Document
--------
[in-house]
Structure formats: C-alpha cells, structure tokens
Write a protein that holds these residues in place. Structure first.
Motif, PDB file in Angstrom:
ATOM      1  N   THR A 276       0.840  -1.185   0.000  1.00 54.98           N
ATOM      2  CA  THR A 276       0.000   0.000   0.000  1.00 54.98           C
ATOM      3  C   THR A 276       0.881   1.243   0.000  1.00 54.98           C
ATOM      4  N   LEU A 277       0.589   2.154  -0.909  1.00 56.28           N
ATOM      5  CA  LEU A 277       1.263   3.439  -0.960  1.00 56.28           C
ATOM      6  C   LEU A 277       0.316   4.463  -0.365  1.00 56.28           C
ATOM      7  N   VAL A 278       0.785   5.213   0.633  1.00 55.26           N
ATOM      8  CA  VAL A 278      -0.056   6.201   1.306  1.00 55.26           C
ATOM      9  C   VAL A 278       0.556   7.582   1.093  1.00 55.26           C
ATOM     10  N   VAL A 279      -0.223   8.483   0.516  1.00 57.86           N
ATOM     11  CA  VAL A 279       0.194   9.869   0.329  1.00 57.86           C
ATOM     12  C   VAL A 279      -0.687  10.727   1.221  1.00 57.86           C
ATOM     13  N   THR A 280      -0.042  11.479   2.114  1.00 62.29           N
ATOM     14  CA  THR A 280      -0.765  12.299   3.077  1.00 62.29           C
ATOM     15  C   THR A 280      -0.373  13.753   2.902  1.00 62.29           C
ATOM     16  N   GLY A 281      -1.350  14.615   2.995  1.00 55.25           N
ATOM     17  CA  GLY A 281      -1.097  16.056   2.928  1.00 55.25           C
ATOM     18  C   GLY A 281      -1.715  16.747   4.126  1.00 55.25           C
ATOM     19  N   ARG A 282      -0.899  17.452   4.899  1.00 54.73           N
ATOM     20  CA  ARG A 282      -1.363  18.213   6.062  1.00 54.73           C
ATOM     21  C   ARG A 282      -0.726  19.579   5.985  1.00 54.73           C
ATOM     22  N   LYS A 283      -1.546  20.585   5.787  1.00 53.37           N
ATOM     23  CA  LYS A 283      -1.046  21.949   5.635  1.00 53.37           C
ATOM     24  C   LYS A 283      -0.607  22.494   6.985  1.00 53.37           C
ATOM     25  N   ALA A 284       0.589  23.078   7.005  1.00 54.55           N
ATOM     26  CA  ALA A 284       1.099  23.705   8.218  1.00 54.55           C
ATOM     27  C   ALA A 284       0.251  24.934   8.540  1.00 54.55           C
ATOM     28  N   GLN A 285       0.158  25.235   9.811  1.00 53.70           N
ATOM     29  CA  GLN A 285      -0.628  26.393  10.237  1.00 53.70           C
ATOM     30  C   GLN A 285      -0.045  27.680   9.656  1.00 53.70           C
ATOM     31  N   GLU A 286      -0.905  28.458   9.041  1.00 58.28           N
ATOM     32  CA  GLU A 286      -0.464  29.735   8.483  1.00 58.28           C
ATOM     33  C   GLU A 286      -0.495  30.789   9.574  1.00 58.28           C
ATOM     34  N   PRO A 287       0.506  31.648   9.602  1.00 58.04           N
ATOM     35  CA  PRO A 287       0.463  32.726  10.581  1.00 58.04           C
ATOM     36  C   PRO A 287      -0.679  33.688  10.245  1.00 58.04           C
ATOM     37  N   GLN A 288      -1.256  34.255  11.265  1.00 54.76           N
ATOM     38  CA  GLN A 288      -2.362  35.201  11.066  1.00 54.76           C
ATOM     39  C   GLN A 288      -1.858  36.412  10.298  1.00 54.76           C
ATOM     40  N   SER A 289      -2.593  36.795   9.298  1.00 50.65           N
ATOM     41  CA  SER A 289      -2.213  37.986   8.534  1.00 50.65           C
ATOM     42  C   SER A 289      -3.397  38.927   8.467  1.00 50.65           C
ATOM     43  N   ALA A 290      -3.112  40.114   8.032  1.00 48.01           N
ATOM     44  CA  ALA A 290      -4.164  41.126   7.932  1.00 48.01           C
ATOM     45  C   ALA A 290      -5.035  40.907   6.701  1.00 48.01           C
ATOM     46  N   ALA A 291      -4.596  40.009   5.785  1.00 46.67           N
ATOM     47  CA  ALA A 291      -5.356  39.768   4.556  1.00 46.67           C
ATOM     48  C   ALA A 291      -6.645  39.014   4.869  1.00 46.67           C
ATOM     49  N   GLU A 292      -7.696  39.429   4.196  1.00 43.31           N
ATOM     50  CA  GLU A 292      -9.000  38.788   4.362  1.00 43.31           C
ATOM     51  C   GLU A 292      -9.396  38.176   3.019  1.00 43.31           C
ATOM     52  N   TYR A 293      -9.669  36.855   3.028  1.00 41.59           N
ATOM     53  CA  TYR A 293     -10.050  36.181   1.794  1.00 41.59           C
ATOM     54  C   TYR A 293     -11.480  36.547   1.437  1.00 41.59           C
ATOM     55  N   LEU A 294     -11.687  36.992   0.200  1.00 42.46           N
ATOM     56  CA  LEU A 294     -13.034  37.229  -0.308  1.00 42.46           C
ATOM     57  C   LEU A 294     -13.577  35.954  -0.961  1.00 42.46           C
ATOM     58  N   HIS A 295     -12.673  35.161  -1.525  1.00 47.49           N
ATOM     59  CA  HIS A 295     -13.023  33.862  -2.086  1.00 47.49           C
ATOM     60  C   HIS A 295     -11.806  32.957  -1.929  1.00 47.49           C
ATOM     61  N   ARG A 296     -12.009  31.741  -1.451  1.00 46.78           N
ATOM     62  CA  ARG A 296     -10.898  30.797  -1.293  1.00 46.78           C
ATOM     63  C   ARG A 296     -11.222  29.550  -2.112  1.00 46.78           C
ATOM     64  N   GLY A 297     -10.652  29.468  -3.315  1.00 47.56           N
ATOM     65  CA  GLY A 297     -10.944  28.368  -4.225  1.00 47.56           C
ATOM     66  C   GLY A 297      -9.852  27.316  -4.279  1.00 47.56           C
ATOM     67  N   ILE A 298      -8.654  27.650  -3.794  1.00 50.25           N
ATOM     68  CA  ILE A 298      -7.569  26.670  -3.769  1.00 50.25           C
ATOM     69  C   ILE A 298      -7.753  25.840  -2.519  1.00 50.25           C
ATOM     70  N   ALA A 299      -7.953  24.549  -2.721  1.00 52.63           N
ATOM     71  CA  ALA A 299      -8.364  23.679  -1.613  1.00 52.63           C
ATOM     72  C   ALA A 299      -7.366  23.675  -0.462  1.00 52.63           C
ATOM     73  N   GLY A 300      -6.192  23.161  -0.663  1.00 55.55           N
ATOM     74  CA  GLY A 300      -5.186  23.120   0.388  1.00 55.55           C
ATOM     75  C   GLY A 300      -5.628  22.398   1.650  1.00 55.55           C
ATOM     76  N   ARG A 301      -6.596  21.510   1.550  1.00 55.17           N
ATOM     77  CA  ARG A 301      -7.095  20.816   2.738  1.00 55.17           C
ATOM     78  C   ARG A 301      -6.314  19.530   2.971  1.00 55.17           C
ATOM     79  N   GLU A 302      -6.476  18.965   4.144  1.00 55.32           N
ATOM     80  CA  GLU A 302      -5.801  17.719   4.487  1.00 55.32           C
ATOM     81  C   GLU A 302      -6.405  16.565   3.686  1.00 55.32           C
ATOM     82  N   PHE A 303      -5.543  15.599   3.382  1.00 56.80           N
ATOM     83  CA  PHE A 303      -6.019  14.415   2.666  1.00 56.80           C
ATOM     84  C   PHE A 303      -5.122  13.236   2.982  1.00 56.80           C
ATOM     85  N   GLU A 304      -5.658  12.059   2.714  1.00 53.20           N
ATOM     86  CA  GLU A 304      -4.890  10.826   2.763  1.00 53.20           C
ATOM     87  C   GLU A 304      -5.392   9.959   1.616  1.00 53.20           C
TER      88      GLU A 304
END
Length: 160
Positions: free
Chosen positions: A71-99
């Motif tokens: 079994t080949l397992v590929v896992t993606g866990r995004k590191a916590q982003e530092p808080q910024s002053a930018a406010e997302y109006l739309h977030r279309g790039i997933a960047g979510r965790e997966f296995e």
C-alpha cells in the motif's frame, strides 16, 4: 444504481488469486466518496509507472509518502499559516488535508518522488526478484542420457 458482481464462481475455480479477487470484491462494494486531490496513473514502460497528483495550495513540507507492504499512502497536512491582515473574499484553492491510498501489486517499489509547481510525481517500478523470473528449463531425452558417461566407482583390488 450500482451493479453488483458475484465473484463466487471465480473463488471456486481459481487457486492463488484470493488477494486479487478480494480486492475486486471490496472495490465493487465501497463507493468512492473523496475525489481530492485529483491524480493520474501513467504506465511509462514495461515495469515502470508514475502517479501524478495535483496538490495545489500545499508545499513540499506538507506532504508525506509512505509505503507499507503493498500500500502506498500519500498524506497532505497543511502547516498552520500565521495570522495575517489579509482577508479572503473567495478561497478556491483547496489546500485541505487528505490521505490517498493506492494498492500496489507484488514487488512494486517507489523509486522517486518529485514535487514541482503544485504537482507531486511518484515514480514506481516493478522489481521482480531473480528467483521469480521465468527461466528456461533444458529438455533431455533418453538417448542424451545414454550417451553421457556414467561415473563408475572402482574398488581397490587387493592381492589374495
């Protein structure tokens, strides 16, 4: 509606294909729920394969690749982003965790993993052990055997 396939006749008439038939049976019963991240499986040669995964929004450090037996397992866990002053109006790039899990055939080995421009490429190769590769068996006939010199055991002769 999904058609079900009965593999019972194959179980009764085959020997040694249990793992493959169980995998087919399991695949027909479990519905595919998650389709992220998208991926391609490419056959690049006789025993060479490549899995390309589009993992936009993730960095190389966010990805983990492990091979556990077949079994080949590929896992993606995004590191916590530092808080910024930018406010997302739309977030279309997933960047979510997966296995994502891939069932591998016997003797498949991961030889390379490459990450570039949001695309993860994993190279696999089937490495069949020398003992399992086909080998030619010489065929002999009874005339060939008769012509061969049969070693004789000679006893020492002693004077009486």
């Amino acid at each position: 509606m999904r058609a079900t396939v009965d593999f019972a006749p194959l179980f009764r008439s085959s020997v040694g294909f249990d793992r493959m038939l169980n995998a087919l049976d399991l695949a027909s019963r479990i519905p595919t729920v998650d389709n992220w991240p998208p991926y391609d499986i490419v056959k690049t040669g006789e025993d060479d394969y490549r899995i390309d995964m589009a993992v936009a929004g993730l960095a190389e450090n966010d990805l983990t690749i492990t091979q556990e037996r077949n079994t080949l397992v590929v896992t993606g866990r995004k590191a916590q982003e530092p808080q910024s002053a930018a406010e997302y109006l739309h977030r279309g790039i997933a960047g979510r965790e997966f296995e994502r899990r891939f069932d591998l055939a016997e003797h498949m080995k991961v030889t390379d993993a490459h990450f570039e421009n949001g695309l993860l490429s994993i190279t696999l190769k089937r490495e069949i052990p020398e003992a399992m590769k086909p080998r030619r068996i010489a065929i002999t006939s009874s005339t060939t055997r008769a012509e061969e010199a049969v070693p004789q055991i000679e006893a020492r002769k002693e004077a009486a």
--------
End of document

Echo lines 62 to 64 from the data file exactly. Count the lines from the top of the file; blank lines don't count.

ATOM     58  N   HIS A 295     -12.673  35.161  -1.525  1.00 47.49           N
ATOM     59  CA  HIS A 295     -13.023  33.862  -2.086  1.00 47.49           C
ATOM     60  C   HIS A 295     -11.806  32.957  -1.929  1.00 47.49           C